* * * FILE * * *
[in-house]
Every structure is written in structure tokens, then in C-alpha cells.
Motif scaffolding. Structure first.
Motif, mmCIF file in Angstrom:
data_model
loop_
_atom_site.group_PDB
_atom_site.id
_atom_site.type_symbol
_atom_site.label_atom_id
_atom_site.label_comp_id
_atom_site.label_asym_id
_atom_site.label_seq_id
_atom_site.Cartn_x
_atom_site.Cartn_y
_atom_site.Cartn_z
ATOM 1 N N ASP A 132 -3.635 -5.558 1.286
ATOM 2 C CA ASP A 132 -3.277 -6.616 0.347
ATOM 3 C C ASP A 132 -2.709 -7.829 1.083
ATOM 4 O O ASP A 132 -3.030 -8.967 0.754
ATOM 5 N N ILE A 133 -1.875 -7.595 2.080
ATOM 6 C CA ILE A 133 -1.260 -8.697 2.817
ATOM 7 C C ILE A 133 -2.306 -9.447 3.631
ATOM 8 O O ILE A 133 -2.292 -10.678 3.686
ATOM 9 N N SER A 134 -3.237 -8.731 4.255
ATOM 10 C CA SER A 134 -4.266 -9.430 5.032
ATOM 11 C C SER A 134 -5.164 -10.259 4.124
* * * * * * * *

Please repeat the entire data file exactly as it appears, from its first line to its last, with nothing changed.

[in-house]
Every structure is written in structure tokens, then in C-alpha cells.
Motif scaffolding. Structure first.
Motif, mmCIF file in Angstrom:
data_model
loop_
_atom_site.group_PDB
_atom_site.id
_atom_site.type_symbol
_atom_site.label_atom_id
_atom_site.label_comp_id
_atom_site.label_asym_id
_atom_site.label_seq_id
_atom_site.Cartn_x
_atom_site.Cartn_y
_atom_site.Cartn_z
ATOM 1 N N ASP A 132 -3.635 -5.558 1.286
ATOM 2 C CA ASP A 132 -3.277 -6.616 0.347
ATOM 3 C C ASP A 132 -2.709 -7.829 1.083
ATOM 4 O O ASP A 132 -3.030 -8.967 0.754
ATOM 5 N N ILE A 133 -1.875 -7.595 2.080
ATOM 6 C CA ILE A 133 -1.260 -8.697 2.817
ATOM 7 C C ILE A 133 -2.306 -9.447 3.631
ATOM 8 O O ILE A 133 -2.292 -10.678 3.686
ATOM 9 N N SER A 134 -3.237 -8.731 4.255
ATOM 10 C CA SER A 134 -4.266 -9.430 5.032
ATOM 11 C C SER A 134 -5.164 -10.259 4.124